A coalition of environmental groups announced last week that it had reached a settlement—after years of legal wrangling—forcing the U.S. Navy to complete a full environmental review on major sonar training exercises it conducts around the world. The groups, led by the nonprofit Natural Resources Defense Council (NRDC), fear that such exercises, which have taken place without environmental impact statements previously, have a detrimental effect on marine wildlife and ecosystems. The settlement, which stems from a 2005 lawsuit filed by NRDC and five other groups (the International Fund for Animal Welfare, Cetacean Society International, League for Coastal Protection, Ocean Futures Society and Jean-Michel Cousteau), also requires the disclosure of previously classified information about the Navy's sonar use. Additionally, the Navy has agreed to fund $14.75 million in new marine mammal research on the effects of sonar on wildlife.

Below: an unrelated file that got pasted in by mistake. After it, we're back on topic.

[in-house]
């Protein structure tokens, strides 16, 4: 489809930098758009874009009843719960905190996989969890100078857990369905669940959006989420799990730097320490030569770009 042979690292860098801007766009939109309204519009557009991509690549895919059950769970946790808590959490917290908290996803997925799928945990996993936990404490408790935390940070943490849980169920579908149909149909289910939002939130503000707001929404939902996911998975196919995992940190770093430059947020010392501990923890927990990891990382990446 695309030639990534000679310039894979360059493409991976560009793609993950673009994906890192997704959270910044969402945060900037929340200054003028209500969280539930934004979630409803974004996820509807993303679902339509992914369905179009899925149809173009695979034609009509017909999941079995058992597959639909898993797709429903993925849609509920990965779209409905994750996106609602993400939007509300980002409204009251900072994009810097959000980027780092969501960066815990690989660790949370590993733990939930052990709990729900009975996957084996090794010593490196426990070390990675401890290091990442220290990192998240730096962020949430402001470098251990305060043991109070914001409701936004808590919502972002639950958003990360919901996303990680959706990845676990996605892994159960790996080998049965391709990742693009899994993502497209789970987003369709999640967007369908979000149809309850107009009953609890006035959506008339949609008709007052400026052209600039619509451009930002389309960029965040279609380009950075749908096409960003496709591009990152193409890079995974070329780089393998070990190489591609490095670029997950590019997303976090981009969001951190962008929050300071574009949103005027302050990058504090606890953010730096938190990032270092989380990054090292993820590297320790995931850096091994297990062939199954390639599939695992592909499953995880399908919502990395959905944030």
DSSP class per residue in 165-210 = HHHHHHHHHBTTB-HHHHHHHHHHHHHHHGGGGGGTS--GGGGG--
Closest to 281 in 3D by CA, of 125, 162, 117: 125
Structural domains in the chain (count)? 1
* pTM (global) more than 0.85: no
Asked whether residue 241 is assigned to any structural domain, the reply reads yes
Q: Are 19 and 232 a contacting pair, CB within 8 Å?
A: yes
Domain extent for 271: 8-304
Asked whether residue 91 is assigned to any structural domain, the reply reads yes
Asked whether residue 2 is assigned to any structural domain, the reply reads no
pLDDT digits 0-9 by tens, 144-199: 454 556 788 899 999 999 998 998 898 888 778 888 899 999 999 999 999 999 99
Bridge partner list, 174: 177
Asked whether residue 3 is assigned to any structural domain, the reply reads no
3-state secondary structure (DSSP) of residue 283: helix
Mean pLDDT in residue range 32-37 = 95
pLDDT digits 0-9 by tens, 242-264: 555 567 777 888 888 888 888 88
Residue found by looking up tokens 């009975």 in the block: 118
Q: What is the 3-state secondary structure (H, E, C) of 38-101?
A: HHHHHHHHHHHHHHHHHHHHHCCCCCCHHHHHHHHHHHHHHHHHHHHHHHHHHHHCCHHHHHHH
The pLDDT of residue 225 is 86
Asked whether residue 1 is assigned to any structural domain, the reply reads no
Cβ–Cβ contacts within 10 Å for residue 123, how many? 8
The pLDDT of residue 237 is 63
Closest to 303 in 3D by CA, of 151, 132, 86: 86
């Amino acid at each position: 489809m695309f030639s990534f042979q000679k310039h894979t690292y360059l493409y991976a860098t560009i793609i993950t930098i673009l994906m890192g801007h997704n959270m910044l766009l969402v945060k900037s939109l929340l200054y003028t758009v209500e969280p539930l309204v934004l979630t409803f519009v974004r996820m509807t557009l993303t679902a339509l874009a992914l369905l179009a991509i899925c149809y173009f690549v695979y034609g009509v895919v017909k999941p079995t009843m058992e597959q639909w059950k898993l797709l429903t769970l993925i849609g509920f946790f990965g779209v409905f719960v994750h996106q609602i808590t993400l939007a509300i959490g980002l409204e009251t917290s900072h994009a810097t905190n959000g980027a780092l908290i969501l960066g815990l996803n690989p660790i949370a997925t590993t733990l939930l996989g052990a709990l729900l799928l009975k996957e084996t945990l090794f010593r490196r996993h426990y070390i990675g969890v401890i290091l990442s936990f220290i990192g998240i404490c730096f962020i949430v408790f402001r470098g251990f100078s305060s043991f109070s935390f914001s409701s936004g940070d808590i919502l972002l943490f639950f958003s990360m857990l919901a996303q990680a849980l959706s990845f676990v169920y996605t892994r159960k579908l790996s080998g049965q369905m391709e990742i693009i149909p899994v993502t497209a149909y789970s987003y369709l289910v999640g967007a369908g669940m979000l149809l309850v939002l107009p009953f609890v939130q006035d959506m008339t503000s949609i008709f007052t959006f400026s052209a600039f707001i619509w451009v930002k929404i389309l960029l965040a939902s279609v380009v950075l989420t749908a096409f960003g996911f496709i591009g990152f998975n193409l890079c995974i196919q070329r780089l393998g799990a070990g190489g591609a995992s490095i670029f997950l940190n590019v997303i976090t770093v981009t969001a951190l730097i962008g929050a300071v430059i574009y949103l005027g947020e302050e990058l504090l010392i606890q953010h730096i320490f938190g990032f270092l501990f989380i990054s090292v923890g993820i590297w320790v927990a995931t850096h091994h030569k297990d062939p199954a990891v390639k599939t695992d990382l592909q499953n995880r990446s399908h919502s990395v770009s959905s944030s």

"The Navy agrees that high-intensity military sonar can injure and kill whales, dolphins and other marine life," said Joel Reynolds, senior attorney and director of NRDC's marine mammal program. "This agreement commits the Navy for the first time to a program of environmental review and public transparency in its sonar training in an effort to shield whales and other vulnerable species from harmful underwater noise."